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Installing Homebrew on MacOS

When you want to write code on your computer, you usually need to install a lot of development tools and additional software. If you are familiar with Linux, you may have used a package manager to install additional software packages on your system. On a Mac Homebrew is what you are looking for. Homebrew is the missing package manager for MacOS but unfortunately, it does not come bundled with the operation system like package managers for Linux. But hey, you are lucky! Installing Homebrew ist quite easy.

What does Homebrew do?

Homebrew simplifies installing command line tools and software like Git, Ruby, Node, OpenCV or pyenv. Generally speaking, Homebrew is good for adding software and tools to your computer. With just one simple command, Homebrew handles downloading building and installing the packages for you. This helps you to avoid the pitfall of creating possible security issues that may come with using the sudo command to install software.

What do you need for Homebrew?

There are not many prerequisites. You should be somewhat familiar with the Mac Terminal application of iTerm. If you are looking for the Terminal app on MacOS, just hit “command + space” and type Terminal or go to the Utilities folder inside the Applications folder.

As prerequisites on the macOS side, the Homebrew team lists the following:

  • A 64-bit Intel CPU
  • macOS Mojave (10.14) (or higher)
  • Command Line Tools (CLT) for Xcode:  You can install them with the command “xcode-select --install” in the Terminal or by installing Xcode
  • A Bourne-compatible shell for installation (e.g. bash or zsh

If you meet those requirements and you are interested in installing Homebrew, we can get you through this. It’s straight forward. The Homebrew installation script tells you everything it does before it does it and it does all the work for you.

Installing Homebrew

To install Homebrew just switch to your terminal and enter the following command:

/bin/bash -c "$(curl -fsSL https://raw.githubusercontent.com/Homebrew/install/HEAD/install.sh)"

After you hit return you should see something like this:

The script asks you for your consent do the listest steps. After you hit return again, everything runs on auto pilot. After a couple of seconds, the installation is completed and you see something like this:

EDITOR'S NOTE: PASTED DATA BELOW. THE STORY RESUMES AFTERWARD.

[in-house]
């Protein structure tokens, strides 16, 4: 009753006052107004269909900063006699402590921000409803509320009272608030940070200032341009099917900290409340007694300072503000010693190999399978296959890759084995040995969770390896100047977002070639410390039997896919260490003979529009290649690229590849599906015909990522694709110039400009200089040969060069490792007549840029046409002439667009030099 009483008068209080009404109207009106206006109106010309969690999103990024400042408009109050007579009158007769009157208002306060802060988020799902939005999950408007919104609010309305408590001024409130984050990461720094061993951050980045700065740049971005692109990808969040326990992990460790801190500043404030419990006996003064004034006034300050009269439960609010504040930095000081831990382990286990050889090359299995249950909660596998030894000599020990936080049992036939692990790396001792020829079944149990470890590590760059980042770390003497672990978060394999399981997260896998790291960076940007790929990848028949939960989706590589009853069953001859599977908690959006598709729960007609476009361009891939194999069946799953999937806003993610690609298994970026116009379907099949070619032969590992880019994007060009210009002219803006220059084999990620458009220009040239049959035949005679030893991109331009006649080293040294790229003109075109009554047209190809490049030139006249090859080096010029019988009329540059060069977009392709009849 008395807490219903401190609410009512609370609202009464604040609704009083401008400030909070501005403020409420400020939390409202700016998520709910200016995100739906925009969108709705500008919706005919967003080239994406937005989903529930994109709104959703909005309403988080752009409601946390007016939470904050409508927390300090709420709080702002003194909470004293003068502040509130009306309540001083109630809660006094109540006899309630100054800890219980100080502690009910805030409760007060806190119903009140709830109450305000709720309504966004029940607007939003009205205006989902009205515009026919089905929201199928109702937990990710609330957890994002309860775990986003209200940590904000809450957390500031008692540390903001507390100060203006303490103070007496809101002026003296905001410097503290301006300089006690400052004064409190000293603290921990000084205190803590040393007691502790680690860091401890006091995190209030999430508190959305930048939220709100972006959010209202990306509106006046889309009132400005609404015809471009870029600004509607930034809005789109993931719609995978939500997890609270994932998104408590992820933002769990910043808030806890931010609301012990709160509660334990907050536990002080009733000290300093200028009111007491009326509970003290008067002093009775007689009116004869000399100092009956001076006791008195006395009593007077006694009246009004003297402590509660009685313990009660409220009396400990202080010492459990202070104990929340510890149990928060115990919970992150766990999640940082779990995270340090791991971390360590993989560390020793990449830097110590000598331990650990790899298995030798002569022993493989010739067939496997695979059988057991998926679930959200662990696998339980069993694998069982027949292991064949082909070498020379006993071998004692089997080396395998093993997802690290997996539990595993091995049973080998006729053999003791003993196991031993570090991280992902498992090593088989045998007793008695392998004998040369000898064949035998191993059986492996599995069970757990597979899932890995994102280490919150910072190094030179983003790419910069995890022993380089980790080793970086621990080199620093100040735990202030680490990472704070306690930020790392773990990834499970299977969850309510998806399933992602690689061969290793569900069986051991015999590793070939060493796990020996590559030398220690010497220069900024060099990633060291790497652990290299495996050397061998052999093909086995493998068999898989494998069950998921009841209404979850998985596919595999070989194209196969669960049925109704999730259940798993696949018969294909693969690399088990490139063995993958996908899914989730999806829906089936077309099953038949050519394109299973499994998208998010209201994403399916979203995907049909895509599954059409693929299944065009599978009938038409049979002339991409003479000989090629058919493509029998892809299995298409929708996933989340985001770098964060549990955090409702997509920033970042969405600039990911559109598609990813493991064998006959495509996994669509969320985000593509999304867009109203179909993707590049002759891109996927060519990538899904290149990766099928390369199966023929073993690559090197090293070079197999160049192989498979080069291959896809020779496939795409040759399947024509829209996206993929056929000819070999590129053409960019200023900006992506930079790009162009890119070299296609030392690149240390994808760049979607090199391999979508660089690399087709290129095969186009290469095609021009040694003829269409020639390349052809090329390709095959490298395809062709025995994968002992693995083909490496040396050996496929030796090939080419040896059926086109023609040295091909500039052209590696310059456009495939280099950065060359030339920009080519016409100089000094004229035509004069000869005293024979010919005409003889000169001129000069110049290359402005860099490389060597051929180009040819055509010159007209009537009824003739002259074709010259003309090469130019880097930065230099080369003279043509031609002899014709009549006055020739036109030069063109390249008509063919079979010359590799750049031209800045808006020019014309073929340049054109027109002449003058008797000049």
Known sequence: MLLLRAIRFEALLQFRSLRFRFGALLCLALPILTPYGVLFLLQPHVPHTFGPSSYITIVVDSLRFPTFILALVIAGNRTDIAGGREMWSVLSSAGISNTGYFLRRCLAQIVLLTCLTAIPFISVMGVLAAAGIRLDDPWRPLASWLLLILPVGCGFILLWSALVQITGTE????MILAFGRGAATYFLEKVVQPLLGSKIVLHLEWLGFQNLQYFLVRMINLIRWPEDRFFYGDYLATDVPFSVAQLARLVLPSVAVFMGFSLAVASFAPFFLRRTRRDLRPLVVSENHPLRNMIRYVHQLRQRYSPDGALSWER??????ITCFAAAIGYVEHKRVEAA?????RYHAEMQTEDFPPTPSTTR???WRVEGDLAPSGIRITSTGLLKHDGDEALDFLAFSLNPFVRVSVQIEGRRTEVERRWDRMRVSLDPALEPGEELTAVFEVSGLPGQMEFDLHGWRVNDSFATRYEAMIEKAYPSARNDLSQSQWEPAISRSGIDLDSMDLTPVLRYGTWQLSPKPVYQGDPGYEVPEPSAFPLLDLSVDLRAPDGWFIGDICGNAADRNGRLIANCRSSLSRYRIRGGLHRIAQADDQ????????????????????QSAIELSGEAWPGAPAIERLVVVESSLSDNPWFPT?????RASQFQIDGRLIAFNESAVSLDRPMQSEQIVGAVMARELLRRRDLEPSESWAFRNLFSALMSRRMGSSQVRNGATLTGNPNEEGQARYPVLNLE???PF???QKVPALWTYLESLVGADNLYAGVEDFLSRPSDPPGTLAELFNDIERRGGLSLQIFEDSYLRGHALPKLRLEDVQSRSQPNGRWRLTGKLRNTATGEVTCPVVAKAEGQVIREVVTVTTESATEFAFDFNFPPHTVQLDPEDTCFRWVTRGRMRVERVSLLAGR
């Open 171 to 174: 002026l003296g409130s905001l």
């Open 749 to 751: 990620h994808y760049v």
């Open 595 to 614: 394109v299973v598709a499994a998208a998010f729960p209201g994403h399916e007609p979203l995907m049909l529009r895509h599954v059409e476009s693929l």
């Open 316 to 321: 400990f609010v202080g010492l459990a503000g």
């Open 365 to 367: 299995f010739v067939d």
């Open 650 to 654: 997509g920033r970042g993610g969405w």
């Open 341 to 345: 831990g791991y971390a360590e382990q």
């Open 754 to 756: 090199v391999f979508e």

Good job! Now you can use Homebrew. To get you started, here are some useful commands:

  • brew help shows some example usages and commands
  • brew doctor checks for issues with your Homebrew installations or your installed formulas
  • brew install <name> installs the formula (that’s how the packages are called) with the given name
  • brew uninstall <name> uninstalls the formula
  • brew update updates Homebrew
  • brew outdated lists all outdated packages that need an update
  • brew upgrade updates all outdated packages
  • brew pin <name> pins a formula to the current version. That means it will not be upgraded by brew upgrade even when a newer version is available.
  • brew unpin <name> unpins the formula, so it will be updated again.

Uninstalling Homebrew

If you really want to uninstall Homebrew, don’t worry. It’s as easy as installing it. Just execute the following command in your terminal:

/bin/bash -c "$(curl -fsSL https://raw.githubusercontent.com/Homebrew/install/master/uninstall.sh)"

The script warns you about what will be removed. If you accept it, the rest will be done automatically and you will get a confirmation message in the end.

That’s it. If you had any problems with the installation, just let me know. If you want to get updates on new posts and tutorials, just sign up for the newsletter we send out from time to time.

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Nobrainer Programming

Hey, how is it going? I’m Sven and Nobrainer Programming is me trying to share some knowledge, experiences and thoughts on learning how to code. Before a became a professor for Sports- and Health-Informatics, I was working for almost 10 years for one of the worlds largest research centers for artificial intelligence. Over the years I taught numerous students how to code. It’s quite easy and everyone can learn it. So, let’s go!